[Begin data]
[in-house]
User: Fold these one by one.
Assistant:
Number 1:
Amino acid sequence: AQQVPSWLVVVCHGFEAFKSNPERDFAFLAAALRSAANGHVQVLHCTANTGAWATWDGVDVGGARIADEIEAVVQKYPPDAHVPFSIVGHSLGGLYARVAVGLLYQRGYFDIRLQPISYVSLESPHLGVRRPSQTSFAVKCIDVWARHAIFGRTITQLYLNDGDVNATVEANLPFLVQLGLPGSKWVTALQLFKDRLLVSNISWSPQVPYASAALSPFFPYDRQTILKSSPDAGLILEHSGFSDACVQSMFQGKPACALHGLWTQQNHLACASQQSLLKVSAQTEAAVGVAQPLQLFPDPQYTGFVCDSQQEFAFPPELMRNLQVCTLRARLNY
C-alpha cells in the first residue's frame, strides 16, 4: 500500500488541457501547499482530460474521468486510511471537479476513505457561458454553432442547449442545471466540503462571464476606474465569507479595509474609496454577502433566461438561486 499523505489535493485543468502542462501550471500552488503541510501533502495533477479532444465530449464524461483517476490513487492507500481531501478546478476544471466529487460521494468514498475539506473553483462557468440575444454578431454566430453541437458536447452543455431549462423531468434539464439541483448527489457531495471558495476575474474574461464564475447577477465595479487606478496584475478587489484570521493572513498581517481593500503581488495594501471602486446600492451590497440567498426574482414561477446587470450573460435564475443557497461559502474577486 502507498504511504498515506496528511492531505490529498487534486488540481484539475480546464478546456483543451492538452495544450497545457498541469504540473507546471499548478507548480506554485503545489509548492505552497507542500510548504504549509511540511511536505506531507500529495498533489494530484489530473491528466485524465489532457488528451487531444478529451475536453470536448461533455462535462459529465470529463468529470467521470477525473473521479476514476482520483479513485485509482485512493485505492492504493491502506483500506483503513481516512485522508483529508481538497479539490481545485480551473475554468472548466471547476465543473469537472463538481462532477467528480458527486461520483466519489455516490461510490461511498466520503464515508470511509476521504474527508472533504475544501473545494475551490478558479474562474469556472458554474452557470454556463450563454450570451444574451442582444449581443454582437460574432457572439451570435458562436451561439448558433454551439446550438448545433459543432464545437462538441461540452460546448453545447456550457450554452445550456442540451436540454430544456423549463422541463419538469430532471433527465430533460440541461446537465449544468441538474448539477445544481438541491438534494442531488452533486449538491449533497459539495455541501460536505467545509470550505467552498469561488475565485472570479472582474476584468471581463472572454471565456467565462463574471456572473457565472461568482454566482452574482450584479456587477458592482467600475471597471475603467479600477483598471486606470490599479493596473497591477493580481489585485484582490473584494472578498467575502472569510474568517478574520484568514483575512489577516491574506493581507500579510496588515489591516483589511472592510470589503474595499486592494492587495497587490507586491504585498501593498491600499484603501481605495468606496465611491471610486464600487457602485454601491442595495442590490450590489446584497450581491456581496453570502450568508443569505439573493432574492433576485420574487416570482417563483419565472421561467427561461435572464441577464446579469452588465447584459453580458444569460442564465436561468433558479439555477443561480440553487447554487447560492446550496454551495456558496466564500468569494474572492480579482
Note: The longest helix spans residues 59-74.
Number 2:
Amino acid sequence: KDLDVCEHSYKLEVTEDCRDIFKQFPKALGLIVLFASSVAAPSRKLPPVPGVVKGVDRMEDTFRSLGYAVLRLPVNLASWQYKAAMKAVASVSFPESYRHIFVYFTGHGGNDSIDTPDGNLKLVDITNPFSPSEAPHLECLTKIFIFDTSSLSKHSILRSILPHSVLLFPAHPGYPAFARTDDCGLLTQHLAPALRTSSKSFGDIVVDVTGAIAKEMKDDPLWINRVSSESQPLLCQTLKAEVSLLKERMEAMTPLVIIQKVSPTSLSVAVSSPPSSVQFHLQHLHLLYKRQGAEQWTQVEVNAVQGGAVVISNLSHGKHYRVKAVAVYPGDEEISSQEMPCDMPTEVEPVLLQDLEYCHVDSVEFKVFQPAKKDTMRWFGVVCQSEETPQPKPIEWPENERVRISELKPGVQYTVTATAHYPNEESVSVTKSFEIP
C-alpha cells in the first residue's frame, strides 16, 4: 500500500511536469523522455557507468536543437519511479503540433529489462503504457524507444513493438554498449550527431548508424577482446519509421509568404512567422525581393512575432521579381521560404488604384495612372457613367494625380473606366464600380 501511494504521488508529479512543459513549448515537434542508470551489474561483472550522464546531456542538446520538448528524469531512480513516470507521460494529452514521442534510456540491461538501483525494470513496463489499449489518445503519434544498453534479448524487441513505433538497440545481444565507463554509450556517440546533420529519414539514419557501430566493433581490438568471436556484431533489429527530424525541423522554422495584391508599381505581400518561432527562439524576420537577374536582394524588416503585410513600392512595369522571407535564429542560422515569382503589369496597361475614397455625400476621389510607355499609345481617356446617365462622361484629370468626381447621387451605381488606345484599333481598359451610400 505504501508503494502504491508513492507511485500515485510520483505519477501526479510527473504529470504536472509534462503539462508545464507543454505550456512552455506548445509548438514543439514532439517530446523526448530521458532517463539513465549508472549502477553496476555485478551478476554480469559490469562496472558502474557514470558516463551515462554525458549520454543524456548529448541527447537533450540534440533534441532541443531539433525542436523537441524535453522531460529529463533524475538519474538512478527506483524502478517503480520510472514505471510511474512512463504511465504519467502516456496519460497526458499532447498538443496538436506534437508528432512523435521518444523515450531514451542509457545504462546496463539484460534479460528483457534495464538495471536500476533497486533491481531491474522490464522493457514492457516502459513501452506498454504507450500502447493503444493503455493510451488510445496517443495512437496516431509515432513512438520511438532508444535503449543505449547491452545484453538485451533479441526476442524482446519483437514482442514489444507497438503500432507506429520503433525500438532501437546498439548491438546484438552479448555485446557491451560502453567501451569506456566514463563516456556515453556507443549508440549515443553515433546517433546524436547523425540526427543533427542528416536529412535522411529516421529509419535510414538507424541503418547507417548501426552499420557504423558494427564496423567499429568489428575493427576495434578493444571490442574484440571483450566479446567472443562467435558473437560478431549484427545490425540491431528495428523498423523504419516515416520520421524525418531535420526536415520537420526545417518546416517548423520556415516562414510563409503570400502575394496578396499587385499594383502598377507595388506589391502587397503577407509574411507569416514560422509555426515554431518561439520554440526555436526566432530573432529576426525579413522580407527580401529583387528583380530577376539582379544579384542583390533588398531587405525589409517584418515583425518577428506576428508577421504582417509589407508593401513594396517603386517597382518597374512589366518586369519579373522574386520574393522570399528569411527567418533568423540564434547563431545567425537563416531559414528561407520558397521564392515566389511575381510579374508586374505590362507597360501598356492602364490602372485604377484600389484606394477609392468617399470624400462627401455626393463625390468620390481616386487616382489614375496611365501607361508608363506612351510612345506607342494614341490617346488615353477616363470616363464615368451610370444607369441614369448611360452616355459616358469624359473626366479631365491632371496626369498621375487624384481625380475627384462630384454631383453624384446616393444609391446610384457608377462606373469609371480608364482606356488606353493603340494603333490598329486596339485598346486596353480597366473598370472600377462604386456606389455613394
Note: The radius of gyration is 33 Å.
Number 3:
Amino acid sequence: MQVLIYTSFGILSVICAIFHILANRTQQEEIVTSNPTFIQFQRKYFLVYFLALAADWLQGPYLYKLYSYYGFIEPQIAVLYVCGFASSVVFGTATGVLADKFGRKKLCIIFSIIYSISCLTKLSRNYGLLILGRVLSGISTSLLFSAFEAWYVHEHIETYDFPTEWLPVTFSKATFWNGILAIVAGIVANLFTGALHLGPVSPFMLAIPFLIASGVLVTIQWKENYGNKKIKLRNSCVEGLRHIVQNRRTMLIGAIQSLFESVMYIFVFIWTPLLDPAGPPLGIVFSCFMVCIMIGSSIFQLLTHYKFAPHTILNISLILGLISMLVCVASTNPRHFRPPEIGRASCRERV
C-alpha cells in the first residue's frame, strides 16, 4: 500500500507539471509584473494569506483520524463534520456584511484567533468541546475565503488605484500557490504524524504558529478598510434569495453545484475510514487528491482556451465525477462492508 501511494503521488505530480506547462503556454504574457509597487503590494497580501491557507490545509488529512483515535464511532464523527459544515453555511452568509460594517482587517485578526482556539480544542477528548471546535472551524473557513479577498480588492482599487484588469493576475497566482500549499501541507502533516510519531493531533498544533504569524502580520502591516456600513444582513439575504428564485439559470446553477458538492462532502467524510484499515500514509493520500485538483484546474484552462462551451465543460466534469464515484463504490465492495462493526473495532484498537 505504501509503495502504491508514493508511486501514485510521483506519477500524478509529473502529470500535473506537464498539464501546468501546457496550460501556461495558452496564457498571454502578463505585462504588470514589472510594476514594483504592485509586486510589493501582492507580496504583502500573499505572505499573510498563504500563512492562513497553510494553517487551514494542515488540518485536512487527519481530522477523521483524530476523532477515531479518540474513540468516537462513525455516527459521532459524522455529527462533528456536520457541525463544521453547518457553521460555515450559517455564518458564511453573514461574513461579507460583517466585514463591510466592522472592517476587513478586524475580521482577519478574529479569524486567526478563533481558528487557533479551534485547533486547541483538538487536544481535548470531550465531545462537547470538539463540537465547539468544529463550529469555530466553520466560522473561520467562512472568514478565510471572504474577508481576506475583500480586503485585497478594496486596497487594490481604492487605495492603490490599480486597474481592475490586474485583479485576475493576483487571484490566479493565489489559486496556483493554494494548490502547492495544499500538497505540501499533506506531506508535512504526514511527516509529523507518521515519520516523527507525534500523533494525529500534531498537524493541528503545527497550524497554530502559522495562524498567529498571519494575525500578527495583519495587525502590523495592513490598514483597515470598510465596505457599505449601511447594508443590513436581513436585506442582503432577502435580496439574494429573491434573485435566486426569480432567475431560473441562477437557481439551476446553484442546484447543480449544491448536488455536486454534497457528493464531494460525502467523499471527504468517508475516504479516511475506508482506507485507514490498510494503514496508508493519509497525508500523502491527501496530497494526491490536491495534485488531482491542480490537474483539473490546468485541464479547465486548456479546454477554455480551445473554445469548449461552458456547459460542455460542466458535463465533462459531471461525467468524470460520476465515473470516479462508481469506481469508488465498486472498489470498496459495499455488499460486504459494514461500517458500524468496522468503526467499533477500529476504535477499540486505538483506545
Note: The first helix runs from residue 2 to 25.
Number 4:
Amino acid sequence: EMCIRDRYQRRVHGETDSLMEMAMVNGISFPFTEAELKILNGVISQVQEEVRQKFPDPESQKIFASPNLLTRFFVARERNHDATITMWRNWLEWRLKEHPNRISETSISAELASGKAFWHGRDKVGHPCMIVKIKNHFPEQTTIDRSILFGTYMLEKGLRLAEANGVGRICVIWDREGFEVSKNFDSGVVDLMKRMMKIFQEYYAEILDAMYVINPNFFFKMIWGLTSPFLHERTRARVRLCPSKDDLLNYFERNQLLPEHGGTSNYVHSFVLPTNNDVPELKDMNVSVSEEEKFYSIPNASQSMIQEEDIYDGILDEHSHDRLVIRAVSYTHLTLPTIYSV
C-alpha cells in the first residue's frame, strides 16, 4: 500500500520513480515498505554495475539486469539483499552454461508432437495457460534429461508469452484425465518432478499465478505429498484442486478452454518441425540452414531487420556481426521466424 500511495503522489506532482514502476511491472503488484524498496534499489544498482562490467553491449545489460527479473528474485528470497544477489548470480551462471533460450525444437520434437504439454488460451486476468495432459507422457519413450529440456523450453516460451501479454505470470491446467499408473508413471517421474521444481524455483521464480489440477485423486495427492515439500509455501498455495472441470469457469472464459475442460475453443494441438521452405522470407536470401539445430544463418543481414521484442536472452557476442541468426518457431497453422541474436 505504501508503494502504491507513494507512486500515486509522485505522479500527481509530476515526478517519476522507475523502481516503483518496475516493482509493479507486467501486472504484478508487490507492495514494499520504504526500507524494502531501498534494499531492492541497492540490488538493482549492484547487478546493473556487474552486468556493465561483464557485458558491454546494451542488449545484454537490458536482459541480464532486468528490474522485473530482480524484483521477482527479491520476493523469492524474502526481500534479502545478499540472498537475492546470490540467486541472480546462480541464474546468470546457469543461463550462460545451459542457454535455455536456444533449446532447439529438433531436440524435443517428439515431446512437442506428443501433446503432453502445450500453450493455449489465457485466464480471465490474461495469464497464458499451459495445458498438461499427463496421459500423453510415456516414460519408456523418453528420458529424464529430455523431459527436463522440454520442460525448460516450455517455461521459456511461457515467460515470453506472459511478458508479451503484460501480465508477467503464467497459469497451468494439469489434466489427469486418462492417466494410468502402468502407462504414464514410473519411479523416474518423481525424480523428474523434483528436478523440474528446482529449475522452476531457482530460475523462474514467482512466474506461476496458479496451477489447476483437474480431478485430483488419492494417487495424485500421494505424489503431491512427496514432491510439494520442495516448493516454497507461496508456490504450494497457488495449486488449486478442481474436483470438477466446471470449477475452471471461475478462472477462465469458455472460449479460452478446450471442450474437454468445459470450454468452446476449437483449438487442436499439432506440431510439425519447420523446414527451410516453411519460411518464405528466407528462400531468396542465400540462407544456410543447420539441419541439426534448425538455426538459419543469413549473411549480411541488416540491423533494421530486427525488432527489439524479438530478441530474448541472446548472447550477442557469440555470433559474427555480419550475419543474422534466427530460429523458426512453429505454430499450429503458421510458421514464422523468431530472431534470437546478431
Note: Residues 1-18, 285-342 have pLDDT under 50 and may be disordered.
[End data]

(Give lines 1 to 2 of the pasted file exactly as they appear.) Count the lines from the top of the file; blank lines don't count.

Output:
[in-house]
User: Fold these one by one.